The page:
• We used to do this with our Commmedore 64 floppy drives, or at least something close. You could control the and make it play a crude melody. []
  • His other Hack (Score:3, Interesting)

    by Alien54 ( 180860 ) on Saturday February 16, 2002 @03:10PM (#3018898) Journal
    Is not bad either []. The psx-PC hybrid is somewhat interesting.

    Having a mad scientist for a parent does have some benefits sometimes.

  • The sound being produced is not the related to the noise some hard drives make. He's not spinning them at particular rates to get different sounds (which would only allow him to produce one frequency per platter anyway). He's vibrating them, just like regular drivers. Still a cool waste of time, but not the least bit what the posting indicated.

  • Back in my C=64 days, I remember finding this program that played a song ("sailing, sailing, ..." if my memory serves me correctly) using the motors on the C=1541 disk drive. Pity that just a few runs of the program would trash the drive. Ah, nostalgia!
  • ... the amiga is so old that a HDD would be the size of a small suitcase. Yet this dude says that it's the smallest drive.

    Don't ask me, I was too skint to have an Amiga with a hard drive, or even an amiga with a floppy for that matter, I had to stick to the spectrum (and the tops-20 machine at college - only 3 people allowed to use emacs at once otherwise it'd kill the machine!), but maybe this is a typo or this is a little bogus.

    So: how big WAS the amiga hard drive?
    • ... the amiga is so old that a HDD would be the size of a small suitcase. Yet this dude says that it's the smallest drive.

      The Amiga 1200 used a 2.5" (laptop-style) drive. I assume that's what this guy had.
      AFAIK all of the other Amiga models used normal 3.5" hard drives (if they had one at all).
  • just for the record, this is probably the most fucked up thing I've seen in a while !
  • I bet this technology could be used to move a cone of paper or other stiff material, which would move a large air mass and create clear sound vibrations, thus reproducing sound...

    Nah, too crazy...

    Seriously this is very cool and reminds me of the folks who put an AM radio next their Altairs (or whatever it was) and ran different instructions to create different frequency interference, thus creating music.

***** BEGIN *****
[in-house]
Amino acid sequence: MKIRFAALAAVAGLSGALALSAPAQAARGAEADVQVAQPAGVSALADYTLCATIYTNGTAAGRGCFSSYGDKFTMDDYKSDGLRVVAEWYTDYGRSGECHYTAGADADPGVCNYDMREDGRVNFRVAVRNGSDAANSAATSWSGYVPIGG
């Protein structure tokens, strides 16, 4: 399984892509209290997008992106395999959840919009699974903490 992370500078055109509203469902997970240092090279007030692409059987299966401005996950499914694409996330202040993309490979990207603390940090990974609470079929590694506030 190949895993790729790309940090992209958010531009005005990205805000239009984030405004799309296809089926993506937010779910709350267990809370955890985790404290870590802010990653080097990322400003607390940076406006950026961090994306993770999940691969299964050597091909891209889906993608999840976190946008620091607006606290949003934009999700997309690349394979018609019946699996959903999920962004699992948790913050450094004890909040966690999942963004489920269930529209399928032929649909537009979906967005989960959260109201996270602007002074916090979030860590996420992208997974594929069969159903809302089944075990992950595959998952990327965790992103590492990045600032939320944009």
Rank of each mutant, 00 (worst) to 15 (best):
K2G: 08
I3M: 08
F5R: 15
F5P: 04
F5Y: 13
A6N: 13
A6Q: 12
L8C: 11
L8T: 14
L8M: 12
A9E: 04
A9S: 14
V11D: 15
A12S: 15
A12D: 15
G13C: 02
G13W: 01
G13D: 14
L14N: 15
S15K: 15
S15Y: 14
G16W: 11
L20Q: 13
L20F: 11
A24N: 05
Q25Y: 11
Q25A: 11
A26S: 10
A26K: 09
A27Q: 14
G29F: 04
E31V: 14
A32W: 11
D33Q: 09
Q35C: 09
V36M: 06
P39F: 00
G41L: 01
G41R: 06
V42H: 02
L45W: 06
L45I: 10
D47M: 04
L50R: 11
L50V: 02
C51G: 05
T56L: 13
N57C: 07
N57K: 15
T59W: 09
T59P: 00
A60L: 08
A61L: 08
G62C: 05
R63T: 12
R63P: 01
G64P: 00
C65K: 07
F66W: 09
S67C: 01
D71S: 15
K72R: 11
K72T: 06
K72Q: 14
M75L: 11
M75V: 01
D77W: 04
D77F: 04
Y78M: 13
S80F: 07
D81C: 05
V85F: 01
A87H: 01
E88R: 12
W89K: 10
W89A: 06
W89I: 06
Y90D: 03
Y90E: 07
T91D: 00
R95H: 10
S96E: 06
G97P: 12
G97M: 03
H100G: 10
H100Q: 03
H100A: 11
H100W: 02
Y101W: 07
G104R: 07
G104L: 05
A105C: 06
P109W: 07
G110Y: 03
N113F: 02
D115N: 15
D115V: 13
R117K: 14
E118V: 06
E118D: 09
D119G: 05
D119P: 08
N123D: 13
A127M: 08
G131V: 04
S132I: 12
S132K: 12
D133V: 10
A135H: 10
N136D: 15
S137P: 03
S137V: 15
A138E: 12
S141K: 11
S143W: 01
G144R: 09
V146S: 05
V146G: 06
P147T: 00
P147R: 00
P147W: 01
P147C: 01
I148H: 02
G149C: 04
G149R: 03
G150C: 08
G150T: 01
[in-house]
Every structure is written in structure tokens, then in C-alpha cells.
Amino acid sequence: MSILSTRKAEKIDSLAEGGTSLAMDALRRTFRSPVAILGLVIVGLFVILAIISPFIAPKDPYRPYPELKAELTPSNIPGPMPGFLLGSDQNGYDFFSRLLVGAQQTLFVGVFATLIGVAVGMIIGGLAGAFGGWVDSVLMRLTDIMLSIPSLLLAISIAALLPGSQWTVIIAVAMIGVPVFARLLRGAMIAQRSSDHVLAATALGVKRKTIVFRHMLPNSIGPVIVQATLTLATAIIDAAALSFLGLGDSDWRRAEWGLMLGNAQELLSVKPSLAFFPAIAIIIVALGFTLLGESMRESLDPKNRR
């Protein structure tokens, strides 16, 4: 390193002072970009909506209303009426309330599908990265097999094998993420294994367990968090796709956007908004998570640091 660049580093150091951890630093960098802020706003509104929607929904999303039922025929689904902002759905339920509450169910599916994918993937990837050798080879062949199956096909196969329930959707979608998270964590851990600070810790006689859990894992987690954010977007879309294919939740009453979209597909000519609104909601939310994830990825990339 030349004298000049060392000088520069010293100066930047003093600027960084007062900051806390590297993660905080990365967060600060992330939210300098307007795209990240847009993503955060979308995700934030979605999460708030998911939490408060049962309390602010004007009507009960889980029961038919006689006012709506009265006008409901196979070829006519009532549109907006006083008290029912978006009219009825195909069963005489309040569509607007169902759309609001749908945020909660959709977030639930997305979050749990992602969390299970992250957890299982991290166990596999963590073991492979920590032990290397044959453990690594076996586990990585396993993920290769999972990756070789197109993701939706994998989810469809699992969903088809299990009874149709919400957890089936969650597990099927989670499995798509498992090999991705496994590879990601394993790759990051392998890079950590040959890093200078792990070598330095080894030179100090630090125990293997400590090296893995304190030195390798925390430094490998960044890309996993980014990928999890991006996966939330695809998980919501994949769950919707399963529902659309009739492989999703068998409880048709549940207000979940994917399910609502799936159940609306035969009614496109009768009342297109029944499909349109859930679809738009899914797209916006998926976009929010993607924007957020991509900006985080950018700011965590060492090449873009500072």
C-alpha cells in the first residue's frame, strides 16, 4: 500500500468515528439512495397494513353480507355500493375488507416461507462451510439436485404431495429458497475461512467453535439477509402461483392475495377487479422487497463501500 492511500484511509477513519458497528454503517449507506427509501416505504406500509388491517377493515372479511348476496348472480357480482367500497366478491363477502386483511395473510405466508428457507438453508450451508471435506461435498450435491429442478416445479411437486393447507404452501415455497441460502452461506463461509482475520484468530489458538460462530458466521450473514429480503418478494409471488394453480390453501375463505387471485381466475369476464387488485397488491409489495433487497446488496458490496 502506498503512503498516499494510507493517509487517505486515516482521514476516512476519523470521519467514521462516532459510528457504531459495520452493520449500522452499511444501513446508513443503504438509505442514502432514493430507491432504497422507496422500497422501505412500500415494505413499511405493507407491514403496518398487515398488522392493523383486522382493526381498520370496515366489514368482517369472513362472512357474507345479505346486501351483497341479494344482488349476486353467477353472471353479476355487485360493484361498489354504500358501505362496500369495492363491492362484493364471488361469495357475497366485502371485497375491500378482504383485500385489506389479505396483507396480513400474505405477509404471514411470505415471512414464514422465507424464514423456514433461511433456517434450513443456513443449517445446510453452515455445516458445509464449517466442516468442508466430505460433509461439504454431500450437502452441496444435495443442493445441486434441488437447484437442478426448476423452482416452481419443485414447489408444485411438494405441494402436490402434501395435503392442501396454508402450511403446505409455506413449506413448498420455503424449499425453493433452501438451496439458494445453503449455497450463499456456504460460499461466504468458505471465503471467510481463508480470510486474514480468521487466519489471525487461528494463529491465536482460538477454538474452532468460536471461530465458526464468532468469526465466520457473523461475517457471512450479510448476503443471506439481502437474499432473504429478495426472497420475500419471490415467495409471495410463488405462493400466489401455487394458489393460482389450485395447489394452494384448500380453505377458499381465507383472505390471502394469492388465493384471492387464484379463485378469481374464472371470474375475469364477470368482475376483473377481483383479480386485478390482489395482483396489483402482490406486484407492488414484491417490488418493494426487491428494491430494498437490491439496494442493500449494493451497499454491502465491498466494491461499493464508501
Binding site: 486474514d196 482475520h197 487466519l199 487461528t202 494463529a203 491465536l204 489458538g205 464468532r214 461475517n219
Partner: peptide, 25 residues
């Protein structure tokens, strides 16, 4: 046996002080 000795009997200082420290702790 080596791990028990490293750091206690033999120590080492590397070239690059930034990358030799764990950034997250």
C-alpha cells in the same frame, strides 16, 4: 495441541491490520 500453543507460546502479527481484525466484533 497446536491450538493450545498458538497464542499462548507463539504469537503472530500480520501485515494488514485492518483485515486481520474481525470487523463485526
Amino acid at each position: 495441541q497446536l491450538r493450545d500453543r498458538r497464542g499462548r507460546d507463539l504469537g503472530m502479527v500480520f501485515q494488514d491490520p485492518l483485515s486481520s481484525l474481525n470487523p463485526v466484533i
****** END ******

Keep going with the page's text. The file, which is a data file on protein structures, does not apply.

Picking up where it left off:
What I'd REALLY like to see is the microwave interference from a GHz PC fucking with a cordless phone or something, making it ring....could it be done?

  • Back in 1982 or so, I remember pr0n software for the Apple ][ that used the floppy drive (O, the irony!) for the sound effects. Same principle: it did it by moving the head (hee-hee!) back and forth.
  • Found this while browsing around here []... Afroman's parody [] ( of Slashdot.
  • An engineer who shall remain nameless (cuz I just know what'll happen here if I bring up where I know him from - the Coleco Adam - and yes, there were some very cool things about that machine for its day)

    Anyway, he was charged with a program that would make sure the floppy drive was operating before doing other things, so to put it thru its paces, he had it access tracks in the correct order (and therefore musical pitches based on spin) to play "Mary Had A Little Lamb" - hear the tune - everything's OK!

    That - um *feature* didn't make it to 1.0 though.

  • I'm going to make my speakers store gigabytes of data!

    this one might take a while. hmmmm...
  • well.. kinda...

    I once accidentially connected the internal PC speaker to the HDD led pin on the mobo... well it was some kind of "Harddrive Speaker"... more or less ;)

  • I was doing this same thing with metal-bladed fans when I was a we lad of 12. I didn't make a demonstration out if it, but at least I've got some witnesses.

    Heh... Although, back then, things that didn't have a practical purpose WERE NOT news ;-).
  • If you attach two of the four pins that power the stepping motor [] that spins the platters to an audio input, the stepping motor produces an audible square wave when the platter is spun by hand.

    Try it! It makes a really nice analog whirrrrrrring sound.

  • A ScanJet 4c (I think) we got back in 1994 had a Jukebox.exe program on the driver disk. It's been a while, but I believe it let you play MIDI files on the scanner stepper. Quite clearly, too. I think they yanked the program later on, though, I've never been able to find it again.
  • Old hat (Score:2, Interesting)

    by uspsguy ( 541171 )
    A looooong time ago, at a college not too far away, 1/2 inch tape drives were in very common use. The capstan motors were capable of small movements and could be reversed quickly. IBM had a demonstration set up at one of our E-Days programs with a paper speaker cone mounted on a small stick. The stick was clamped to a capstan and they had a program running to play quite acceptable quality music. IIRC, they could even control the volume. Since this was over 30 years ago, I don't remember all the details but I was impressed at the time.

Logic is the chastity belt of the mind!